China is driven by the two equally important imperatives: energy security and pollution reduction. It seeks energy security through greater efficiencies, diversification of sources, and security of delivery. Th11th Five-Year Plan (2006-2010) calls for a 20% improvement in energy efficiency per unit of GDP by2010, development of renewable energy sources and increased regard to environmental issues. With a forecast 45% increase in GDP during the plan period, efforts will need to be ceaseless to meet the goal. Among China’s “renewable” energy alternatives, is nuclear power and the country’s abundance of hydro-electricity potential but these projects – such as the Three Gorges Dam ($24B)– are capital intensive, longin completion, and invariably present new downsides. The Three Gorges Dam will have a total output 18 Gigawatt of “free” energy when fully complete in 2009, but China estimates it needs to add 15 Gigawof capacity each year to maintain present growth. Clearly, imported primary energy sources will be crucial for some years to come.
Unlike Japan which imports most of its oil from the Middle East through the Malacca Strait, China hasdiversified its sources and means of delivery. Oil sources at present are Angola (18%), Saudi Arabia, Iran, Russia, Oman, Equatorial Guinea, Yemen, Congo, Libya, Venezuela, a diversity that provides some measure of intrinsic security. One additional layer in protection of energy sources is the StriPearls strategy, which calls for a string of tanker facilities on the Indian Ocean rim in Thailand, Myanmar, Bangladesh, Pakistan. Much of this infrastructure has already been built. In Pakistan, the first stage of the new port of Gwadar will be working during 2006. China can offload oil at Gwadar andpipe it through Pakistan to Western China. A project in waiting is a long-discussed plan to build a new canal across the Kra Isthmus in Thailand which would bypass the Malacca route entirely. Projectsas Gwadar indicate that China seems to have foreseen the current energy crunch years before some Western governments. Years of careful preparation have begun to deliver results apart from Gwadar. During 2006 the first batch of crude oil arrived through the China-Kazakhstan pipeline, a huge LNG terminal was opened, and natural gas reserves exceeding 100 billion cubic meters were proven in deep water in the Pearl River Basin. Also in 2006 China announced two coal-to-oil plants ($12B) in the North-west that will produce oil at around $27 per barrel, and announced a Sino-Thai hydro plant in Myanmaon Southeast Asia’s longest undammed waterway. Apart from maintaining good trading relations with Iran and Venezuela, China sees an oil future in Africa. It continues to cultivate relations with oil-rich Angola, and has a 40% stake in Sudan’s oil industry. Some think that Chad’s recent nationalization of ChevronTexaco and Petronas assets, ostensibly in a dispute over taxes, is a move in preparation for China to manage the reserves [Opinion]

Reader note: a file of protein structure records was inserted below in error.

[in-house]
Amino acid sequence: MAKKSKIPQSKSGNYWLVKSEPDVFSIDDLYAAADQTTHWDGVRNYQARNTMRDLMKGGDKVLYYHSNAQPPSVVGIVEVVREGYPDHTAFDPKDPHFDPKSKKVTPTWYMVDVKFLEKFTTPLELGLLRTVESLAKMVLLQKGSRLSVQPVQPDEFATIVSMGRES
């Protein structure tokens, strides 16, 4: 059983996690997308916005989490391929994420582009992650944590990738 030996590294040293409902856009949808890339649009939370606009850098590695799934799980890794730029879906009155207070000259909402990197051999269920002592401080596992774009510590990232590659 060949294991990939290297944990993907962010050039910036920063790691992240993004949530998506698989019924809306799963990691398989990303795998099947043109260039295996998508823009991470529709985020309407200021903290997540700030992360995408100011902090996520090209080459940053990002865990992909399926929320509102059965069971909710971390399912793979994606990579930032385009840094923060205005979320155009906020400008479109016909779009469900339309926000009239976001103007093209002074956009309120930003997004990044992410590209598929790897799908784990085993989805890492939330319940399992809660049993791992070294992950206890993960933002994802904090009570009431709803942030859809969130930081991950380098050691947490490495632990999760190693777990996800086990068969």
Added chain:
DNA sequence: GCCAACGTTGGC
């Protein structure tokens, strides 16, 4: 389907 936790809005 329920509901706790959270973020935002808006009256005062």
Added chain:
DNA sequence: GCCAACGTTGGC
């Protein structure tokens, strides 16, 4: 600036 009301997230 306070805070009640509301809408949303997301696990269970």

During 2006 the State Council (Executive cabinet) produced a strategic energy policy, the first oin China. This and the goals of the present Five-Year Plan call for 10% of energy to come from renewable sources by 2020. At present nuclear power accounts for just over 1% in 2000 but this is forecast to grow to 5% by 2030. China’s high earthquake risk present difficulties for wide-spread use of nuclear power but energy imperatives may force an accelerated use of this problematic source.